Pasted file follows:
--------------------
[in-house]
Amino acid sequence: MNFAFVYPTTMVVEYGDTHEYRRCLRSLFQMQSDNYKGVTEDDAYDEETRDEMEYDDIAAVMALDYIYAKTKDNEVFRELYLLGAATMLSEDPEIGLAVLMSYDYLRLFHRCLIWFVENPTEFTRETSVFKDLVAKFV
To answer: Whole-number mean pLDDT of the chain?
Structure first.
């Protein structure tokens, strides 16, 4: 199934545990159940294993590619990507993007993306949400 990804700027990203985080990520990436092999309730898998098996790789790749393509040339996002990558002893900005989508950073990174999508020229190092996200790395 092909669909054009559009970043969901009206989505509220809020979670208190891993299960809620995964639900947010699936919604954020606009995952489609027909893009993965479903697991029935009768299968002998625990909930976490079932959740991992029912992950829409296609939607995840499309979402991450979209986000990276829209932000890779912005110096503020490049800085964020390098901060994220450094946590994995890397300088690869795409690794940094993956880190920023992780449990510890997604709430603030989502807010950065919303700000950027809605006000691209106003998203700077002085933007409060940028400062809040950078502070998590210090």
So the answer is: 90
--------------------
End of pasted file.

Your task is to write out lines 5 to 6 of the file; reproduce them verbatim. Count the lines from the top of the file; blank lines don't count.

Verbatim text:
């Protein structure tokens, strides 16, 4: 199934545990159940294993590619990507993007993306949400 990804700027990203985080990520990436092999309730898998098996790789790749393509040339996002990558002893900005989508950073990174999508020229190092996200790395 092909669909054009559009970043969901009206989505509220809020979670208190891993299960809620995964639900947010699936919604954020606009995952489609027909893009993965479903697991029935009768299968002998625990909930976490079932959740991992029912992950829409296609939607995840499309979402991450979209986000990276829209932000890779912005110096503020490049800085964020390098901060994220450094946590994995890397300088690869795409690794940094993956880190920023992780449990510890997604709430603030989502807010950065919303700000950027809605006000691209106003998203700077002085933007409060940028400062809040950078502070998590210090």
So the answer is: 90